### Lunar Leaper

Gravity on the Moon is about 1/6th that on the Earth. A pole-vaulter 2 metres tall can clear a 5 metres pole on the Earth. How high a pole could he clear on the Moon?

### Which Twin Is Older?

A simplified account of special relativity and the twins paradox.

### Whoosh

A ball whooshes down a slide and hits another ball which flies off the slide horizontally as a projectile. How far does it go?

##### Age 16 to 18 Challenge Level:

Imagine holding a set of point charges at fixed positions in space - you can choose how many, the positions and the sizes of the different charges.

Experiment with different configurations of charges to determine whether you could arrange the charges so that when released simultaneously none of them starts to move.

Could you arrange the charges so that when released simultaneously only $1$ or $2$ of them start to move?

You might use your intuition to explore various possible configurations, but you will need to use Coulomb's law to show that the vector force on a particular particle is zero (see the Notes below) to prove your results.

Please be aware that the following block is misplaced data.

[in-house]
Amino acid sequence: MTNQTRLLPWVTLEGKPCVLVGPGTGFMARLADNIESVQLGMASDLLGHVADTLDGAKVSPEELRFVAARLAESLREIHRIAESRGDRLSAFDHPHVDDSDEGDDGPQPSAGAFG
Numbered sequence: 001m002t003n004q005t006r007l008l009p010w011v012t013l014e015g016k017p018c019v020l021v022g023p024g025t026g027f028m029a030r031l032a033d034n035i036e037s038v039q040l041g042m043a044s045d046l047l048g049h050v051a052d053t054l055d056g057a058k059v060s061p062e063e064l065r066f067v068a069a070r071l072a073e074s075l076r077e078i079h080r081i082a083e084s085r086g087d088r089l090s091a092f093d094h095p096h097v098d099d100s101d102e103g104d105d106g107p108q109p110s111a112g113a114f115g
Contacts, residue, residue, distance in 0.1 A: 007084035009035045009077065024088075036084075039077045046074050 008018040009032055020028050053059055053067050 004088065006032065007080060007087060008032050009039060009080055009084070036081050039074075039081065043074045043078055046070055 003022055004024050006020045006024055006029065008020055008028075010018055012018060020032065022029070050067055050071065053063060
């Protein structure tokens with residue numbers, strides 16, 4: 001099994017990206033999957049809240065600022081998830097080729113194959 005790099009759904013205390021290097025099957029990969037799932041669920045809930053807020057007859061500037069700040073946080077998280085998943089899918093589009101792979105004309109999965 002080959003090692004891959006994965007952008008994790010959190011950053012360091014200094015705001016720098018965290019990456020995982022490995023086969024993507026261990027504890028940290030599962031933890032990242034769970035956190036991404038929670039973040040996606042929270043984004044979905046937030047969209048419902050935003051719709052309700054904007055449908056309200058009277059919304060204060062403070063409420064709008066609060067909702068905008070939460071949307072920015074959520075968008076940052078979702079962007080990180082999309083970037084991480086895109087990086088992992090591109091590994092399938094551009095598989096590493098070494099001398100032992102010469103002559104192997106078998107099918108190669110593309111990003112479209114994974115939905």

Imagine that you are allowed to hold fixed one or more of the charges. What are the possibilities now?

Do your configurations seem stable to slight perturbations, in that they won't fly apart when subjected to a slight nudge? How might you create a stable configuration to confine a charged particle?

NOTES AND BACKGROUND

 Coulomb's law states that the electrostatic force ${\bf F_{12}}$ a charged particle $p_1$ of charge $q_1$ feels due to the presence of another charged particle $p_2$ of charge $q_2$ is $${\bf F_{12}} = -\frac{kq_1q_2}{r^2}{\bf \hat{r}}\,,$$ where ${\bf r}$ is the vector displacement of $p_2$ from $p_1$and $k$ is a positive constant, the value of which depends on the electrostatic permittivity of the medium in which the charges reside